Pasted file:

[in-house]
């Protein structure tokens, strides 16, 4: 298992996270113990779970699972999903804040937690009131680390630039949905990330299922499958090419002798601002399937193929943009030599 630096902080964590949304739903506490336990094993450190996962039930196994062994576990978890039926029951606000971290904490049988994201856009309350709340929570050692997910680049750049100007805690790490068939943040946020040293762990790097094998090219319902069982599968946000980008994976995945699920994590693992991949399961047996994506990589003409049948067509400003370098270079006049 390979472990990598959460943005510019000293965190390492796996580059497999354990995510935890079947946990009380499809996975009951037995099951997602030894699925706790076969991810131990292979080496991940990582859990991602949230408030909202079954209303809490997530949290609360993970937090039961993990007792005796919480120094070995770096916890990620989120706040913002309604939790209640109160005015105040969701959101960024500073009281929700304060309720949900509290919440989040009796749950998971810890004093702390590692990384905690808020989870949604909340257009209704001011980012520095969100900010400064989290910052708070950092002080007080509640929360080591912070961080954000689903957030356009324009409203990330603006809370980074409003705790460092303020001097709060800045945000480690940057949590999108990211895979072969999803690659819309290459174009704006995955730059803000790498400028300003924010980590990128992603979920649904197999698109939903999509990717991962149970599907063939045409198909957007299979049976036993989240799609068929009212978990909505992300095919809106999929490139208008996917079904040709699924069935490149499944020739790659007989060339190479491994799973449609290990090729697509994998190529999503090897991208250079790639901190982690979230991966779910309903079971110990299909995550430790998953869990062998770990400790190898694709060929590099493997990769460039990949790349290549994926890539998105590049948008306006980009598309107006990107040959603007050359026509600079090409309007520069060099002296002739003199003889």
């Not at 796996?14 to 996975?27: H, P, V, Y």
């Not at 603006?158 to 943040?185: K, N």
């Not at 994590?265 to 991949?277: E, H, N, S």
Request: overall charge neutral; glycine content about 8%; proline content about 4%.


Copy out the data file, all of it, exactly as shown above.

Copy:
[in-house]
């Protein structure tokens, strides 16, 4: 298992996270113990779970699972999903804040937690009131680390630039949905990330299922499958090419002798601002399937193929943009030599 630096902080964590949304739903506490336990094993450190996962039930196994062994576990978890039926029951606000971290904490049988994201856009309350709340929570050692997910680049750049100007805690790490068939943040946020040293762990790097094998090219319902069982599968946000980008994976995945699920994590693992991949399961047996994506990589003409049948067509400003370098270079006049 390979472990990598959460943005510019000293965190390492796996580059497999354990995510935890079947946990009380499809996975009951037995099951997602030894699925706790076969991810131990292979080496991940990582859990991602949230408030909202079954209303809490997530949290609360993970937090039961993990007792005796919480120094070995770096916890990620989120706040913002309604939790209640109160005015105040969701959101960024500073009281929700304060309720949900509290919440989040009796749950998971810890004093702390590692990384905690808020989870949604909340257009209704001011980012520095969100900010400064989290910052708070950092002080007080509640929360080591912070961080954000689903957030356009324009409203990330603006809370980074409003705790460092303020001097709060800045945000480690940057949590999108990211895979072969999803690659819309290459174009704006995955730059803000790498400028300003924010980590990128992603979920649904197999698109939903999509990717991962149970599907063939045409198909957007299979049976036993989240799609068929009212978990909505992300095919809106999929490139208008996917079904040709699924069935490149499944020739790659007989060339190479491994799973449609290990090729697509994998190529999503090897991208250079790639901190982690979230991966779910309903079971110990299909995550430790998953869990062998770990400790190898694709060929590099493997990769460039990949790349290549994926890539998105590049948008306006980009598309107006990107040959603007050359026509600079090409309007520069060099002296002739003199003889």
């Not at 796996?14 to 996975?27: H, P, V, Y």
């Not at 603006?158 to 943040?185: K, N």
């Not at 994590?265 to 991949?277: E, H, N, S």
Request: overall charge neutral; glycine content about 8%; proline content about 4%.